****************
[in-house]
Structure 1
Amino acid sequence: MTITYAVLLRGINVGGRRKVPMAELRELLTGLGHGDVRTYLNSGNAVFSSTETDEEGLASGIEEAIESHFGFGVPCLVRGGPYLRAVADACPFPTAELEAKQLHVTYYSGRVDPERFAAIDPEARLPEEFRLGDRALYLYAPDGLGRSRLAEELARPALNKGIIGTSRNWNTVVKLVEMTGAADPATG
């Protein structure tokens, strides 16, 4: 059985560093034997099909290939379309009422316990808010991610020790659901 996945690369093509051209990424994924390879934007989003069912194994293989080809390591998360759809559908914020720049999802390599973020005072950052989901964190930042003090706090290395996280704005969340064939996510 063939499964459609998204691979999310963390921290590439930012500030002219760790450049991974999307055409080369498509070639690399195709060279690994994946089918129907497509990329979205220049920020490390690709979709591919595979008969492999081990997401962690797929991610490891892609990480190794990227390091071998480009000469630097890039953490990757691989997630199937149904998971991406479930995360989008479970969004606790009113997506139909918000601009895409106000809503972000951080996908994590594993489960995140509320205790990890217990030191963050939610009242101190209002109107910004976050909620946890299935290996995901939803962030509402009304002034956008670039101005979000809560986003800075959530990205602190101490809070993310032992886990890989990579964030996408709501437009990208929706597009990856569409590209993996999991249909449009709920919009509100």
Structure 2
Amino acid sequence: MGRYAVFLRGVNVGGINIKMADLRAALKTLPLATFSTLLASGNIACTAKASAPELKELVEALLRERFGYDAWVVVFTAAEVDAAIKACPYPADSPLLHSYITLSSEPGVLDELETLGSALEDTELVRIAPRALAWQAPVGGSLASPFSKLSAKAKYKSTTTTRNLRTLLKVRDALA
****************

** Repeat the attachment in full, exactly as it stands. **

[in-house]
Structure 1
Amino acid sequence: MTITYAVLLRGINVGGRRKVPMAELRELLTGLGHGDVRTYLNSGNAVFSSTETDEEGLASGIEEAIESHFGFGVPCLVRGGPYLRAVADACPFPTAELEAKQLHVTYYSGRVDPERFAAIDPEARLPEEFRLGDRALYLYAPDGLGRSRLAEELARPALNKGIIGTSRNWNTVVKLVEMTGAADPATG
């Protein structure tokens, strides 16, 4: 059985560093034997099909290939379309009422316990808010991610020790659901 996945690369093509051209990424994924390879934007989003069912194994293989080809390591998360759809559908914020720049999802390599973020005072950052989901964190930042003090706090290395996280704005969340064939996510 063939499964459609998204691979999310963390921290590439930012500030002219760790450049991974999307055409080369498509070639690399195709060279690994994946089918129907497509990329979205220049920020490390690709979709591919595979008969492999081990997401962690797929991610490891892609990480190794990227390091071998480009000469630097890039953490990757691989997630199937149904998971991406479930995360989008479970969004606790009113997506139909918000601009895409106000809503972000951080996908994590594993489960995140509320205790990890217990030191963050939610009242101190209002109107910004976050909620946890299935290996995901939803962030509402009304002034956008670039101005979000809560986003800075959530990205602190101490809070993310032992886990890989990579964030996408709501437009990208929706597009990856569409590209993996999991249909449009709920919009509100």
Structure 2
Amino acid sequence: MGRYAVFLRGVNVGGINIKMADLRAALKTLPLATFSTLLASGNIACTAKASAPELKELVEALLRERFGYDAWVVVFTAAEVDAAIKACPYPADSPLLHSYITLSSEPGVLDELETLGSALEDTELVRIAPRALAWQAPVGGSLASPFSKLSAKAKYKSTTTTRNLRTLLKVRDALA